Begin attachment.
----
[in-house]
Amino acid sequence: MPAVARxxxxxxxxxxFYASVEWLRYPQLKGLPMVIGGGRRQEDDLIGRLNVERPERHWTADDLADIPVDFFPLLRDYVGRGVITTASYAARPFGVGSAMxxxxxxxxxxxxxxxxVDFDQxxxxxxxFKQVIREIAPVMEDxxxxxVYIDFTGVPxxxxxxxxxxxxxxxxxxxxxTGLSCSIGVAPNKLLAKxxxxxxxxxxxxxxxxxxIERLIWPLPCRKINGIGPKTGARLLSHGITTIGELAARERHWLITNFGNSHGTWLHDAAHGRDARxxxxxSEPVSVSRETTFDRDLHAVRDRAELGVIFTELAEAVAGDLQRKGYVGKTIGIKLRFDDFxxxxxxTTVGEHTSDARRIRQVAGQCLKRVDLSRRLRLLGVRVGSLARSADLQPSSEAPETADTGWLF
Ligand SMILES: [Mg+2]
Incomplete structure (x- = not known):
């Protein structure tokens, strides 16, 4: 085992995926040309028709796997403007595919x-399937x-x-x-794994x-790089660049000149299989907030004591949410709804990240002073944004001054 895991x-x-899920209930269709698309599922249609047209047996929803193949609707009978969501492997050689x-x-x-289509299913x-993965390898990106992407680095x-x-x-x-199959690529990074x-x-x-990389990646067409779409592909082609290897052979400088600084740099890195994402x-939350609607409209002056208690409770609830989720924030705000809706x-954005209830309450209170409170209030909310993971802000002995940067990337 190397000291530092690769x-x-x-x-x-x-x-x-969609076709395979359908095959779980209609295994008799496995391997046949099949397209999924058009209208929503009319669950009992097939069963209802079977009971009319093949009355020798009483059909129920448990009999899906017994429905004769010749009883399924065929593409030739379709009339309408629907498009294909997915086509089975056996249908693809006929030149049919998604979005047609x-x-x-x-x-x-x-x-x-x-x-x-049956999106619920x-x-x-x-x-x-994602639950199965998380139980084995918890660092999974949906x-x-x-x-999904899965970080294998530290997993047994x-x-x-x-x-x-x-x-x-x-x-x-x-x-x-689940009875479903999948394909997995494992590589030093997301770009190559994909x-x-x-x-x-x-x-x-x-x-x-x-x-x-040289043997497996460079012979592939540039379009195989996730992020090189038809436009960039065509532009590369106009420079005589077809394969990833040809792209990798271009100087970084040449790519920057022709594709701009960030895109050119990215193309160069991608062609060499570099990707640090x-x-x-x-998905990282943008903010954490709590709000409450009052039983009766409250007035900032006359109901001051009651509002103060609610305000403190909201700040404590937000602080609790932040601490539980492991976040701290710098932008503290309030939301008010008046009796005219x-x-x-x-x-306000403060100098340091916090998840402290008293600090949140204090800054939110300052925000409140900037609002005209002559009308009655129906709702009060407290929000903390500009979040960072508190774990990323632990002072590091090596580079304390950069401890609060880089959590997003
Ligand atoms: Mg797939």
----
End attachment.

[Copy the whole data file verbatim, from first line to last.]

[in-house]
Amino acid sequence: MPAVARxxxxxxxxxxFYASVEWLRYPQLKGLPMVIGGGRRQEDDLIGRLNVERPERHWTADDLADIPVDFFPLLRDYVGRGVITTASYAARPFGVGSAMxxxxxxxxxxxxxxxxVDFDQxxxxxxxFKQVIREIAPVMEDxxxxxVYIDFTGVPxxxxxxxxxxxxxxxxxxxxxTGLSCSIGVAPNKLLAKxxxxxxxxxxxxxxxxxxIERLIWPLPCRKINGIGPKTGARLLSHGITTIGELAARERHWLITNFGNSHGTWLHDAAHGRDARxxxxxSEPVSVSRETTFDRDLHAVRDRAELGVIFTELAEAVAGDLQRKGYVGKTIGIKLRFDDFxxxxxxTTVGEHTSDARRIRQVAGQCLKRVDLSRRLRLLGVRVGSLARSADLQPSSEAPETADTGWLF
Ligand SMILES: [Mg+2]
Incomplete structure (x- = not known):
């Protein structure tokens, strides 16, 4: 085992995926040309028709796997403007595919x-399937x-x-x-794994x-790089660049000149299989907030004591949410709804990240002073944004001054 895991x-x-899920209930269709698309599922249609047209047996929803193949609707009978969501492997050689x-x-x-289509299913x-993965390898990106992407680095x-x-x-x-199959690529990074x-x-x-990389990646067409779409592909082609290897052979400088600084740099890195994402x-939350609607409209002056208690409770609830989720924030705000809706x-954005209830309450209170409170209030909310993971802000002995940067990337 190397000291530092690769x-x-x-x-x-x-x-x-969609076709395979359908095959779980209609295994008799496995391997046949099949397209999924058009209208929503009319669950009992097939069963209802079977009971009319093949009355020798009483059909129920448990009999899906017994429905004769010749009883399924065929593409030739379709009339309408629907498009294909997915086509089975056996249908693809006929030149049919998604979005047609x-x-x-x-x-x-x-x-x-x-x-x-049956999106619920x-x-x-x-x-x-994602639950199965998380139980084995918890660092999974949906x-x-x-x-999904899965970080294998530290997993047994x-x-x-x-x-x-x-x-x-x-x-x-x-x-x-689940009875479903999948394909997995494992590589030093997301770009190559994909x-x-x-x-x-x-x-x-x-x-x-x-x-x-040289043997497996460079012979592939540039379009195989996730992020090189038809436009960039065509532009590369106009420079005589077809394969990833040809792209990798271009100087970084040449790519920057022709594709701009960030895109050119990215193309160069991608062609060499570099990707640090x-x-x-x-998905990282943008903010954490709590709000409450009052039983009766409250007035900032006359109901001051009651509002103060609610305000403190909201700040404590937000602080609790932040601490539980492991976040701290710098932008503290309030939301008010008046009796005219x-x-x-x-x-306000403060100098340091916090998840402290008293600090949140204090800054939110300052925000409140900037609002005209002559009308009655129906709702009060407290929000903390500009979040960072508190774990990323632990002072590091090596580079304390950069401890609060880089959590997003
Ligand atoms: Mg797939």